LONDON (ICIS)--European phenol and acetone market players continue to cite differing expectations for the year ahead, on the back of global shifts in the production landscape and anticipated trade flows.
Demand for both products is, overall, expected to be broadly stable in Europe, but players continue to debate the future of production and supply for Europe.
The US acetone market is set to face tighter supply and pressure to increase import volumes in 2018 because of an impending production cutback in January.
The cutback is coming at Shell Chemical’s Phenol 3 unit in Deer Park, Texas, in mid-January. The unit has an acetone capacity of 144,000 tonnes/year.
Meanwhile, US domestic supply of phenol is expected to remain balanced with consumption levels for 2018, as other phenol producers could mitigate the material lost in the cutback.
Sources said several other phenol producers have room to increase operating rates, which should prevent the US market from moving to a tight position.
“Most of the phenol we are losing in 2018 was going to exports anyways,” a US market participant said.
The cutback in acetone production will, however, keep the market tight throughout most of 2018, sources said, as the US was supply was snug throughout 2017.
This will necessitate imported volumes from Asia to increase, but sources in the US market said that is likely to create pricing volatility, which could see import levels fluctuate.
Meanwhile, China’s phenol and acetone prices in the domestic market are expected to stay high in 2018 on the back of strong demand from some the downstream industries, offsetting a planned increase in supply.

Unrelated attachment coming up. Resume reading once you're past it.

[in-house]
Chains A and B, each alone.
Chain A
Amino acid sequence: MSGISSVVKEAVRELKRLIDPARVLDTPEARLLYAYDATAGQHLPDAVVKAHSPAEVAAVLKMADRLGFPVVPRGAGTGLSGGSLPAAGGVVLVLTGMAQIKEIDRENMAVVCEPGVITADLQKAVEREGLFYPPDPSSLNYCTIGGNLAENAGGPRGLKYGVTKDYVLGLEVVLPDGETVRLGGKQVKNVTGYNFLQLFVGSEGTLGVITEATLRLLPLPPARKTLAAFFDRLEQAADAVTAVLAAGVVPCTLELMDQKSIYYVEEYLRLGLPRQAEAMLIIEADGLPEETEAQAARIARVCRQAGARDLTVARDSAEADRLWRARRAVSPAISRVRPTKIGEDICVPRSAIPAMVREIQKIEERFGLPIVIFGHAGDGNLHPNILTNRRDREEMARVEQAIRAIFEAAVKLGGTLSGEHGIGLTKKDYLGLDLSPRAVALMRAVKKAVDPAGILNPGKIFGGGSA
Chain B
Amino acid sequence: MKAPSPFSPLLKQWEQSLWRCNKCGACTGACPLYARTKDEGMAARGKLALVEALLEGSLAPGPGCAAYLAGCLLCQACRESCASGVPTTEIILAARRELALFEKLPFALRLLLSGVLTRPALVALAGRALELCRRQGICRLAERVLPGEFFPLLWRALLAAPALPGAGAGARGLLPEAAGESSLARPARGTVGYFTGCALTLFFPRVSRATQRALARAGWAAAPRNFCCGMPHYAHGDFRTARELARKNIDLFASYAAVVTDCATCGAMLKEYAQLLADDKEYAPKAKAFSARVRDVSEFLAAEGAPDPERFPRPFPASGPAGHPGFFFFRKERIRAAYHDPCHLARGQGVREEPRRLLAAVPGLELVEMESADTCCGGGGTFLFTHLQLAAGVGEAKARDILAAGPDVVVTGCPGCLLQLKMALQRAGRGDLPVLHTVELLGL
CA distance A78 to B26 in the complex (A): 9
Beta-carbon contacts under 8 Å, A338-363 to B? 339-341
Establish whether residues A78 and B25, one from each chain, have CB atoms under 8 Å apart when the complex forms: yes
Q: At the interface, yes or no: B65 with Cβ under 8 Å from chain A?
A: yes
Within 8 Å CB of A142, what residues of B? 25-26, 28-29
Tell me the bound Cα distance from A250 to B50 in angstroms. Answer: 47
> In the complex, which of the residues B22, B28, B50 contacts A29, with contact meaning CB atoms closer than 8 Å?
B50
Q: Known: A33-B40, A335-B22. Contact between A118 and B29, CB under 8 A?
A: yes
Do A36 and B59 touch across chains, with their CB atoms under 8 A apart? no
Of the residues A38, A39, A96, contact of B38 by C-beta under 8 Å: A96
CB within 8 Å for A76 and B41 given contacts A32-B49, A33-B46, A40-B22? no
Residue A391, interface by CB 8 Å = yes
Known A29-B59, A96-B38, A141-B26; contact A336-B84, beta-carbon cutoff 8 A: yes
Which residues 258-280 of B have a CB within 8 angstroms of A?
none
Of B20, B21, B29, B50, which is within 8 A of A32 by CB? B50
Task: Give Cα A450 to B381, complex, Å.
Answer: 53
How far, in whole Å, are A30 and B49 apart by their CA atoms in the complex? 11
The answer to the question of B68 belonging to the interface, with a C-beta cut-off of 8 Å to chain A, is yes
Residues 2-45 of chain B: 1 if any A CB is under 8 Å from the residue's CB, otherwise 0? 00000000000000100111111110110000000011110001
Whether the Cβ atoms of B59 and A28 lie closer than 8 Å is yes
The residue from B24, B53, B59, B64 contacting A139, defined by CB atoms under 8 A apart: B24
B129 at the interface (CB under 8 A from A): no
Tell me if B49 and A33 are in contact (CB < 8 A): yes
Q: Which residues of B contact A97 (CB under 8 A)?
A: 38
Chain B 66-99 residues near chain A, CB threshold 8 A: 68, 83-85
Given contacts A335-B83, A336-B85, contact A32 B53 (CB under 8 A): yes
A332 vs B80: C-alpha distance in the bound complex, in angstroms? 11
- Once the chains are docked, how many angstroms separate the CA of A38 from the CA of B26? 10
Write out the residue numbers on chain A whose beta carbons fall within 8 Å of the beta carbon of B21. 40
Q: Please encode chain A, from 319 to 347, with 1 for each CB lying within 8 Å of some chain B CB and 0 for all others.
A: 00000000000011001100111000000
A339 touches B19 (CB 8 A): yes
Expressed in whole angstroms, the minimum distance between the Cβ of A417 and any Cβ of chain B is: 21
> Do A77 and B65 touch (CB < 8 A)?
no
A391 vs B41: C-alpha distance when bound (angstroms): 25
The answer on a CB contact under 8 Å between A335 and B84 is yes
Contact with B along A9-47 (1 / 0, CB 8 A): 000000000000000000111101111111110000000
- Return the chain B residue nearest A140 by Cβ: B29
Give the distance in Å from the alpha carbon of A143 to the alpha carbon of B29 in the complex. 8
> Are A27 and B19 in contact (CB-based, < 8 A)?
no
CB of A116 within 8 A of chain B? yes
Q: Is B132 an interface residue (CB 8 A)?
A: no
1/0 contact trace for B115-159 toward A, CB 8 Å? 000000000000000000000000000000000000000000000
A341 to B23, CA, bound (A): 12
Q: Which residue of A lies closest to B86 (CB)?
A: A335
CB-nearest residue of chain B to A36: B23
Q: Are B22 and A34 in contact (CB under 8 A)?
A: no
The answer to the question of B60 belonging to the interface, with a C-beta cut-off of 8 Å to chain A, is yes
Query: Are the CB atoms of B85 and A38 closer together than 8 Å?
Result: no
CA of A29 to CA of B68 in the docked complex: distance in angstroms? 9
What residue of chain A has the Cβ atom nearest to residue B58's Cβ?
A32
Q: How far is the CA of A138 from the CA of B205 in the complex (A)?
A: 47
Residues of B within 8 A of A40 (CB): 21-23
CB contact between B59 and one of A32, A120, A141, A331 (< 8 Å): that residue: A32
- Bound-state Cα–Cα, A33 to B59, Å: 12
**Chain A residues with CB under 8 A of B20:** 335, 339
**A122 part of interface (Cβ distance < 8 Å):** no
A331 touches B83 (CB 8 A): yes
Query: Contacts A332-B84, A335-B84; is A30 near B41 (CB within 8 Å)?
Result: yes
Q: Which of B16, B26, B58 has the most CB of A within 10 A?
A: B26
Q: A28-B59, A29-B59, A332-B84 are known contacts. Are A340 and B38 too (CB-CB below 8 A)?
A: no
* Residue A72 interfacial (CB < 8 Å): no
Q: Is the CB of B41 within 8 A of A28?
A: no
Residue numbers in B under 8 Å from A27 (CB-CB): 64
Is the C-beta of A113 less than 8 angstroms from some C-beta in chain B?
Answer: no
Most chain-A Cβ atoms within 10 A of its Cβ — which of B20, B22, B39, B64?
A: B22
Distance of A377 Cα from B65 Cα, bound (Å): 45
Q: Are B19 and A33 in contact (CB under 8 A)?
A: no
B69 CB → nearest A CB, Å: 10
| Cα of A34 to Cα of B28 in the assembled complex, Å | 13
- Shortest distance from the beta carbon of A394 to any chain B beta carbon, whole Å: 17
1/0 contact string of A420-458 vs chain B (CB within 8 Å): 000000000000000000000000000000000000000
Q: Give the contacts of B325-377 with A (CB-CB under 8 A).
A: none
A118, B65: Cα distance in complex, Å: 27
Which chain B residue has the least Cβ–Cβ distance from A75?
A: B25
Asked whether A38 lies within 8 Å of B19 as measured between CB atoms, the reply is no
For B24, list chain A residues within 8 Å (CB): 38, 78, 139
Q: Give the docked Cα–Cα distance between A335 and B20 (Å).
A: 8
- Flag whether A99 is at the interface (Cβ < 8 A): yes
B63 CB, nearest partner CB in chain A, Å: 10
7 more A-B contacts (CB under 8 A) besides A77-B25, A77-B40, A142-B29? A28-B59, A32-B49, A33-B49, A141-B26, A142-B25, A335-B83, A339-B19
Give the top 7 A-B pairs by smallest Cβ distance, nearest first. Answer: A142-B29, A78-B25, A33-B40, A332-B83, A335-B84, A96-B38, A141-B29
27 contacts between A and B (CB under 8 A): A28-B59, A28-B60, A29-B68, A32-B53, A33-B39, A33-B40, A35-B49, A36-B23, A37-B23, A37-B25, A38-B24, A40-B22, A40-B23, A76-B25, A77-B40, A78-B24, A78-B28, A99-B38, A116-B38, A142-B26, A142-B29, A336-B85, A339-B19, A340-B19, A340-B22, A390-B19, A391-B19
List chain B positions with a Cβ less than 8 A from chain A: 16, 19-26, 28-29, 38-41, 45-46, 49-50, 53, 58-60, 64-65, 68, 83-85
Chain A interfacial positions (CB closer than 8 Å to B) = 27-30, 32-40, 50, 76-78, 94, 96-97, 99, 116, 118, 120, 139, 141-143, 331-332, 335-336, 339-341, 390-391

In Europe, players have noted this potential draw of import volumes away from the market, but have also spoken of increased offers of material from other regions, in particular Saudi Arabia going into 2018.
Overall, the impact from these various shifts in global production and trade flows are not anticipated to result in significant changes in the European market.
During 2018 annual adder negotiations players on both the buy and sell side of the market spoke of a largely steady outlook for the year ahead. Some players highlighted that both sides were keen to maintain security of supply and market share, respectively, and many players were seeking to maintain much of the status quo of the previous year.
That said, at the end of 2017, there was an increased interest in European phenol export volumes, and free on board (FOB) Rotterdam prices shot up to €1,080-1,100/tonne, with Europe seen as the most balanced market globally.
Sources have commented that while this could persist in the early weeks and months of 2018, this is thought to be a more short-term reaction to market changes, and not something that will become a more permanent feature of the market beyond the first quarter at most.
In the acetone market, however, players continue to weigh the impact of the various changes in the global production landscape in 2018.
Nearly 90% of acetone is produced from cumene, from which phenol is also produced, which itself is made by the reaction of propylene and benzene in a phosphoric acid-based or zeolite catalyst. About 0.62 tonnes of acetone is produced with each tonne of phenol made.
Some players argue that the increased demand for acetone could draw import volumes away from the European acetone market, tightening regional conditions.
Meanwhile, other players have commented that this shift in phenol production could encourage European producers to ramp up operating rates. If this happens, it could see the acetone market lengthen in Europe.
One buyer of acetone recently described the market as ‘pretty cautious… some say with new capacity [the] market should stay well supplied maybe get even long, another supplier said he would be cautious with that because [we] need to wait to see how much of imports need to go to US.’
Overall, the market remains broadly in a wait and see mode. Market participants continue to have expectations on what 2018 holds for the markets, but as yet a clear consensus on how Europe will fair amongst these global shifts is unclear.
Acetone is used in two main applications: the manufacture of methyl methacrylate (MMA) and BPA. Acetone also goes into solvent applications largely used in pharmaceuticals manufacturing and is used to make a number of chemical intermediates, such as methyl isobutyl ketone (MIBK), isophorone and diacetone alcohol/hexylene glycol.
Additional reporting by John Dietrich and Yoyo Liu